Within the Look AHEAD Study, LTPA was assessed on a subsample of approximately 50% of the participants at baseline, which reflects the same subject pool as those who completed measurements using accelerometry. Self-reported LTPA was assessed using the questionnaire developed for the Harvard Alumni Study (12) as part of a structured interview. LTPA was assessed by participants reporting their activity during the past week. Activities assessed included flights of stairs (10 steps = 1 flight), number of city blocks walked (1 mile = 12 blocks), and other sport, recreational, or fitness activities. Standardized scoring procedures were used to compute energy expenditure (kcal·wk−1) of LTPA (12). Participants also reported the number of days per week that they participated in LTPA that was of sufficient intensity to "engage in regular activity akin to brisk walking, jogging, bicycling, etc. long enough to work up a sweat, get your heart thumping, or get out of breath," which will be called "sweat episodes."
Additional Baseline Assessments
A questionnaire was used to assess age, sex, ethnicity, current diabetes treatment, and history of CVD. Previously described methods were used to measure height, weight, and BMI (8). A maximal graded exercise treadmill test was used to assess cardiorespiratory fitness at baseline as previously described (22). This test was terminated at the point of volitional exhaustion or at the point where the American College of Sports Medicine (1) test termination criteria were observed. A baseline test was considered valid if the maximal HR was ≥85% of age-predicted maximal heart rate (HRmax = 220 − age) if the participant was not taking a β-adrenergic blocking medication (β-blocker). If the participant was taking a β-blocking medicine, the baseline test was considered valid if RPE was ≥18 at the point of termination. Moreover, to be eligible for participation in the Look AHEAD Study, the participant needed to achieve ≥4 METs on the baseline graded exercise test, where 1 MET is equal to 3.5 mL·kg−1·min−1 of oxygen uptake.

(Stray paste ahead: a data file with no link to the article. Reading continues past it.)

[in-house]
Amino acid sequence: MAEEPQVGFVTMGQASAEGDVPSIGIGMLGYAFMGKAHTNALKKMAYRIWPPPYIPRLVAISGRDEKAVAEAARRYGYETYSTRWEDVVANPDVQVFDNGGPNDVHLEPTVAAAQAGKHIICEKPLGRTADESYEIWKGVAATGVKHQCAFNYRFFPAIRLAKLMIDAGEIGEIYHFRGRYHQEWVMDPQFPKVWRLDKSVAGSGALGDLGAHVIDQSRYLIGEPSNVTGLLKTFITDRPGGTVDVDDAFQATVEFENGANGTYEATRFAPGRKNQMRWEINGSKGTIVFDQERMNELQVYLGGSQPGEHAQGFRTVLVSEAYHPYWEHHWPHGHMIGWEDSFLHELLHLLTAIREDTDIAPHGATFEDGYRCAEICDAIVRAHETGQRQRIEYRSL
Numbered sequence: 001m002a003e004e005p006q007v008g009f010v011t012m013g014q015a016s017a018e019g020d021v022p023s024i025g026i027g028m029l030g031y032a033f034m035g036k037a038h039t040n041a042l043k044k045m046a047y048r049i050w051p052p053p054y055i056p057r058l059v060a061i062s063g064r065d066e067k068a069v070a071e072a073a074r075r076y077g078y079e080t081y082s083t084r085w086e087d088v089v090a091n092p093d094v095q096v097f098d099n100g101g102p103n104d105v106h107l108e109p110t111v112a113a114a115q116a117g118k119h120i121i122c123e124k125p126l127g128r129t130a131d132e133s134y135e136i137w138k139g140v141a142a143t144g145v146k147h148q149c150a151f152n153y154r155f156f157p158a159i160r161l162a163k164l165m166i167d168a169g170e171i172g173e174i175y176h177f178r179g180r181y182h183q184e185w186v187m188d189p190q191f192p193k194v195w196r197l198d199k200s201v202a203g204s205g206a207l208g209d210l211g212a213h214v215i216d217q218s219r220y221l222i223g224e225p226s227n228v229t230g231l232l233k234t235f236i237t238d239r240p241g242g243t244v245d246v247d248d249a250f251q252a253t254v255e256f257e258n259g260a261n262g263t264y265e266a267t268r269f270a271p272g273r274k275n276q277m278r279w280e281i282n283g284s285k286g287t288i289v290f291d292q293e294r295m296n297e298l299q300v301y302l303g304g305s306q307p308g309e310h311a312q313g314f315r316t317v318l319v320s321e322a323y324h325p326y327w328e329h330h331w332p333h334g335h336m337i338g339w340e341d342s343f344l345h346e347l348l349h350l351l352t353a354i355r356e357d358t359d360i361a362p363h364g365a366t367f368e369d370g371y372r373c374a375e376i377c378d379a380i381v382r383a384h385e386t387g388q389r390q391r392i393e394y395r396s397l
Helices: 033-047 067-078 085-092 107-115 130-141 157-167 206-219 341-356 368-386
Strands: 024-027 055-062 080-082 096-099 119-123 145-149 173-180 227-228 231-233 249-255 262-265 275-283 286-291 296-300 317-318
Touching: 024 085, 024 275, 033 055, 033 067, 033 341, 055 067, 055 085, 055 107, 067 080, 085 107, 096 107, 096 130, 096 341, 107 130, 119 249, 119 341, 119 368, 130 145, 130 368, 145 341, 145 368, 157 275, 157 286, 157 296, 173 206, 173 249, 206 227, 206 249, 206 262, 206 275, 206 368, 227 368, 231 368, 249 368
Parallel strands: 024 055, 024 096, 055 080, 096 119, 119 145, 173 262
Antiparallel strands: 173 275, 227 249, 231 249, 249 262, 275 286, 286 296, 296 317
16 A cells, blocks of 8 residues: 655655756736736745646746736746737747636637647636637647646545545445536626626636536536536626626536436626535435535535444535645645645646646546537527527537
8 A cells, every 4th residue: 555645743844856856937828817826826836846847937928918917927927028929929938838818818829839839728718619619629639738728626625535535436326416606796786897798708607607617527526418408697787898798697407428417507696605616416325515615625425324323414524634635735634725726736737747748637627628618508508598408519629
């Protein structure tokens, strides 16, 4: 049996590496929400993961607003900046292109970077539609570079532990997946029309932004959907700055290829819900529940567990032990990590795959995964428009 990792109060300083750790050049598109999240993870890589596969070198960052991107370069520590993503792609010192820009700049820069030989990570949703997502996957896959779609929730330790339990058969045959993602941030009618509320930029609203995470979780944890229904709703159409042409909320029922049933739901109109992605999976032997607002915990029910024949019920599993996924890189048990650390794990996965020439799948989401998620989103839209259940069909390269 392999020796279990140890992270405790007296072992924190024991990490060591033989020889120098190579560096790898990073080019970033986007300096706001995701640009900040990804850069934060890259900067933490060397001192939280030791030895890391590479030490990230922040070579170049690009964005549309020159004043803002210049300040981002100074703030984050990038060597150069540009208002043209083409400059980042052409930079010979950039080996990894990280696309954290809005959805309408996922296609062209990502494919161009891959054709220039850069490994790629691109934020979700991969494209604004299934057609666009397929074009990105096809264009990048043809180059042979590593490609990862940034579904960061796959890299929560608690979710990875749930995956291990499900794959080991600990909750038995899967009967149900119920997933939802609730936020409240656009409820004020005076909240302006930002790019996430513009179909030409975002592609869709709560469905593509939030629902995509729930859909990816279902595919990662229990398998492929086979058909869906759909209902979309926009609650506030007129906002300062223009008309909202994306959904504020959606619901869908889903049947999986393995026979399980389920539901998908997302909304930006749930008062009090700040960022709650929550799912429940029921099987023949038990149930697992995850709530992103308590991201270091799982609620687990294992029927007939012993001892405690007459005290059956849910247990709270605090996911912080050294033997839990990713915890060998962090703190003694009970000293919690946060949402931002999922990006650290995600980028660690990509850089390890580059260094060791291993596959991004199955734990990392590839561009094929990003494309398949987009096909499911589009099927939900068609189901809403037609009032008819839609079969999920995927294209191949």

All analyses were performed using SAS version 9.1 (SAS Institute, Cary, NC). Statistical significance was defined as P ≤ 0.05. Bivariate analyses were performed to examine differences in bouts per day meeting the criteria of ≥10 min per bout and either ≥3 MET·min−1 or ≥6 MET·min−1 within categories of BMI, sex, race/ethnicity, age, fitness, diabetes medication usage, and history of CVD. For individuals found to have at least one bout of physical activity meeting the criteria of either ≥10 min per bout or ≥3 MET·min−1 or either ≥10 min per bout or ≥6 MET·min−1, additional bivariate analyses were performed to test for differences in minutes per bout, METs per minute, and MET-minutes for all bouts meeting the criteria. Differences in self-reported LTPA (kcal·wk−1 and sweat episodes per week) within categories of BMI, sex, race/ethnicity, age, fitness, diabetes medication usage, and history of CVD were examined.
Multivariate analyses were performed using PROC GLM in SAS to determine the effect of age, BMI, sex, race/ethnicity, fitness, diabetes medication, and history of CVD (self-report of myocardial infarction, stroke, transient ischemic event, percutaneous transluminal coronary angioplasty, or coronary artery bypass graft) on objective measures of physical activity using accelerometry. Analyses were performed with bouts per day, minutes per bout, METs per minute, and MET-minutes considered as the dependent measures. Separate analyses were performed for these dependent measures for bouts of activity meeting the criteria of ≥10 min per bout and either ≥3 METs per bout or ≥6 METs per bout.